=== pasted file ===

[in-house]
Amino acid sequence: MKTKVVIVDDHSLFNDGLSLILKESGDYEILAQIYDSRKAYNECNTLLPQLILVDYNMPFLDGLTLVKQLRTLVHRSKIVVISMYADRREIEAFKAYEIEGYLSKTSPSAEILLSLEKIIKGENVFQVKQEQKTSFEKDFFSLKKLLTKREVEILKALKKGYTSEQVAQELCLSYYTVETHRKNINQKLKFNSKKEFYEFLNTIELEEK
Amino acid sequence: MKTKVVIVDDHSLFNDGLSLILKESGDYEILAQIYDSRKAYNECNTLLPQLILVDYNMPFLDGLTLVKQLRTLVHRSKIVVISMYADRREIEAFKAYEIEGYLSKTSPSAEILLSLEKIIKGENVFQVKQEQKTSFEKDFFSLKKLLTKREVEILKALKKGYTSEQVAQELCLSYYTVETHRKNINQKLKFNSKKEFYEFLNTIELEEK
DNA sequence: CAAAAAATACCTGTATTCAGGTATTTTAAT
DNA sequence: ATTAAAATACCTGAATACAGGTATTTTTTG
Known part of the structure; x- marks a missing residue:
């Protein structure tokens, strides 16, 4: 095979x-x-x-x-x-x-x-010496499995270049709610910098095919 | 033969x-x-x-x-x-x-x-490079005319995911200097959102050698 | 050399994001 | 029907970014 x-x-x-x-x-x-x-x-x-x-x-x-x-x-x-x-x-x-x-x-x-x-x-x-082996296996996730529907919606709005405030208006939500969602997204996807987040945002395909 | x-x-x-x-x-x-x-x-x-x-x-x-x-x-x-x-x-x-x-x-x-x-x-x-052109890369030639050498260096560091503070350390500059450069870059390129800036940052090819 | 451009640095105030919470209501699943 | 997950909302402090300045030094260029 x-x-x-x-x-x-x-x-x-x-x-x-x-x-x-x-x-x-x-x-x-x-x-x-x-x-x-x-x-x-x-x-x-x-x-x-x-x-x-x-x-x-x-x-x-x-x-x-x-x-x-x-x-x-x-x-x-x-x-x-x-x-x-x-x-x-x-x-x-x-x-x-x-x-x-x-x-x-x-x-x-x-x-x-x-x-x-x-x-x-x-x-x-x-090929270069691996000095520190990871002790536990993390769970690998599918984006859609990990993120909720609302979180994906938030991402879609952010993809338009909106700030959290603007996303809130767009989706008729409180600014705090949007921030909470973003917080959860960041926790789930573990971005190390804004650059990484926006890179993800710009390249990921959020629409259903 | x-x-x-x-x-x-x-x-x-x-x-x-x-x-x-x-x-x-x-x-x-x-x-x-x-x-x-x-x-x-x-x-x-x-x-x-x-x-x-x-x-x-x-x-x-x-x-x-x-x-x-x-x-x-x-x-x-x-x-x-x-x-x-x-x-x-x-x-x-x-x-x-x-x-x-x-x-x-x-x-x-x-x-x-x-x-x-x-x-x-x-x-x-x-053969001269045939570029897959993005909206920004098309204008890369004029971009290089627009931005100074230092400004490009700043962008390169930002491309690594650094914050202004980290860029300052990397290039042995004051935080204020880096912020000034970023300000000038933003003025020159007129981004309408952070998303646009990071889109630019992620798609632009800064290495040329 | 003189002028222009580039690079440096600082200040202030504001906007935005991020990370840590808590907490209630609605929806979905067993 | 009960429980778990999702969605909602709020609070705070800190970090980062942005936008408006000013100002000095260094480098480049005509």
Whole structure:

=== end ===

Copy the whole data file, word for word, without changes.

[in-house]
Amino acid sequence: MKTKVVIVDDHSLFNDGLSLILKESGDYEILAQIYDSRKAYNECNTLLPQLILVDYNMPFLDGLTLVKQLRTLVHRSKIVVISMYADRREIEAFKAYEIEGYLSKTSPSAEILLSLEKIIKGENVFQVKQEQKTSFEKDFFSLKKLLTKREVEILKALKKGYTSEQVAQELCLSYYTVETHRKNINQKLKFNSKKEFYEFLNTIELEEK
Amino acid sequence: MKTKVVIVDDHSLFNDGLSLILKESGDYEILAQIYDSRKAYNECNTLLPQLILVDYNMPFLDGLTLVKQLRTLVHRSKIVVISMYADRREIEAFKAYEIEGYLSKTSPSAEILLSLEKIIKGENVFQVKQEQKTSFEKDFFSLKKLLTKREVEILKALKKGYTSEQVAQELCLSYYTVETHRKNINQKLKFNSKKEFYEFLNTIELEEK
DNA sequence: CAAAAAATACCTGTATTCAGGTATTTTAAT
DNA sequence: ATTAAAATACCTGAATACAGGTATTTTTTG
Known part of the structure; x- marks a missing residue:
């Protein structure tokens, strides 16, 4: 095979x-x-x-x-x-x-x-010496499995270049709610910098095919 | 033969x-x-x-x-x-x-x-490079005319995911200097959102050698 | 050399994001 | 029907970014 x-x-x-x-x-x-x-x-x-x-x-x-x-x-x-x-x-x-x-x-x-x-x-x-082996296996996730529907919606709005405030208006939500969602997204996807987040945002395909 | x-x-x-x-x-x-x-x-x-x-x-x-x-x-x-x-x-x-x-x-x-x-x-x-052109890369030639050498260096560091503070350390500059450069870059390129800036940052090819 | 451009640095105030919470209501699943 | 997950909302402090300045030094260029 x-x-x-x-x-x-x-x-x-x-x-x-x-x-x-x-x-x-x-x-x-x-x-x-x-x-x-x-x-x-x-x-x-x-x-x-x-x-x-x-x-x-x-x-x-x-x-x-x-x-x-x-x-x-x-x-x-x-x-x-x-x-x-x-x-x-x-x-x-x-x-x-x-x-x-x-x-x-x-x-x-x-x-x-x-x-x-x-x-x-x-x-x-x-090929270069691996000095520190990871002790536990993390769970690998599918984006859609990990993120909720609302979180994906938030991402879609952010993809338009909106700030959290603007996303809130767009989706008729409180600014705090949007921030909470973003917080959860960041926790789930573990971005190390804004650059990484926006890179993800710009390249990921959020629409259903 | x-x-x-x-x-x-x-x-x-x-x-x-x-x-x-x-x-x-x-x-x-x-x-x-x-x-x-x-x-x-x-x-x-x-x-x-x-x-x-x-x-x-x-x-x-x-x-x-x-x-x-x-x-x-x-x-x-x-x-x-x-x-x-x-x-x-x-x-x-x-x-x-x-x-x-x-x-x-x-x-x-x-x-x-x-x-x-x-x-x-x-x-x-x-053969001269045939570029897959993005909206920004098309204008890369004029971009290089627009931005100074230092400004490009700043962008390169930002491309690594650094914050202004980290860029300052990397290039042995004051935080204020880096912020000034970023300000000038933003003025020159007129981004309408952070998303646009990071889109630019992620798609632009800064290495040329 | 003189002028222009580039690079440096600082200040202030504001906007935005991020990370840590808590907490209630609605929806979905067993 | 009960429980778990999702969605909602709020609070705070800190970090980062942005936008408006000013100002000095260094480098480049005509």
Whole structure: